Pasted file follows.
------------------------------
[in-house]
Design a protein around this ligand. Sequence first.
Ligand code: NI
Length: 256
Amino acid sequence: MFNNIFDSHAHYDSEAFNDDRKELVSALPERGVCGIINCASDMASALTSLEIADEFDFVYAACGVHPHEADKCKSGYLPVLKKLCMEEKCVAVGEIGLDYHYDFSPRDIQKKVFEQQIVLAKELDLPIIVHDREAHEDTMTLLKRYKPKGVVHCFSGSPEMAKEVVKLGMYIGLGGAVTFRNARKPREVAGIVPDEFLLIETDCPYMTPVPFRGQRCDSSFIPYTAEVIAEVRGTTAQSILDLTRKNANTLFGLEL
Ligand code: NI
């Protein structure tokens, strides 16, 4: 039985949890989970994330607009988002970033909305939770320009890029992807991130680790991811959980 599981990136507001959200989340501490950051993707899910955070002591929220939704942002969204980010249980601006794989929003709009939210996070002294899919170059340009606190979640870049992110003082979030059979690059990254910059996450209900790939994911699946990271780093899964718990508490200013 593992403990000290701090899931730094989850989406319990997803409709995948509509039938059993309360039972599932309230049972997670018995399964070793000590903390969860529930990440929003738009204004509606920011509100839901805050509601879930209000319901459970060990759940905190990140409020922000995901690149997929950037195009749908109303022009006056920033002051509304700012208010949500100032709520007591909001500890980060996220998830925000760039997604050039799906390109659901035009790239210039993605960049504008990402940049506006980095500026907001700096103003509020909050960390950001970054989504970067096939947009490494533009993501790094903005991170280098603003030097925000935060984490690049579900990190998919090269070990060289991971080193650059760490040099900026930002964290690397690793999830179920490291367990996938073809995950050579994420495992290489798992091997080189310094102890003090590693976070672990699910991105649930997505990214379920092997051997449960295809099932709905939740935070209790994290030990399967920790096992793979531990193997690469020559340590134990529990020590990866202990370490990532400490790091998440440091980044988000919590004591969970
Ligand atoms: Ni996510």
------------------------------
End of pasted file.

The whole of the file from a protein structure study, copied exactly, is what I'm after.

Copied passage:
[in-house]
Design a protein around this ligand. Sequence first.
Ligand code: NI
Length: 256
Amino acid sequence: MFNNIFDSHAHYDSEAFNDDRKELVSALPERGVCGIINCASDMASALTSLEIADEFDFVYAACGVHPHEADKCKSGYLPVLKKLCMEEKCVAVGEIGLDYHYDFSPRDIQKKVFEQQIVLAKELDLPIIVHDREAHEDTMTLLKRYKPKGVVHCFSGSPEMAKEVVKLGMYIGLGGAVTFRNARKPREVAGIVPDEFLLIETDCPYMTPVPFRGQRCDSSFIPYTAEVIAEVRGTTAQSILDLTRKNANTLFGLEL
Ligand code: NI
């Protein structure tokens, strides 16, 4: 039985949890989970994330607009988002970033909305939770320009890029992807991130680790991811959980 599981990136507001959200989340501490950051993707899910955070002591929220939704942002969204980010249980601006794989929003709009939210996070002294899919170059340009606190979640870049992110003082979030059979690059990254910059996450209900790939994911699946990271780093899964718990508490200013 593992403990000290701090899931730094989850989406319990997803409709995948509509039938059993309360039972599932309230049972997670018995399964070793000590903390969860529930990440929003738009204004509606920011509100839901805050509601879930209000319901459970060990759940905190990140409020922000995901690149997929950037195009749908109303022009006056920033002051509304700012208010949500100032709520007591909001500890980060996220998830925000760039997604050039799906390109659901035009790239210039993605960049504008990402940049506006980095500026907001700096103003509020909050960390950001970054989504970067096939947009490494533009993501790094903005991170280098603003030097925000935060984490690049579900990190998919090269070990060289991971080193650059760490040099900026930002964290690397690793999830179920490291367990996938073809995950050579994420495992290489798992091997080189310094102890003090590693976070672990699910991105649930997505990214379920092997051997449960295809099932709905939740935070209790994290030990399967920790096992793979531990193997690469020559340590134990529990020590990866202990370490990532400490790091998440440091980044988000919590004591969970
Ligand atoms: Ni996510």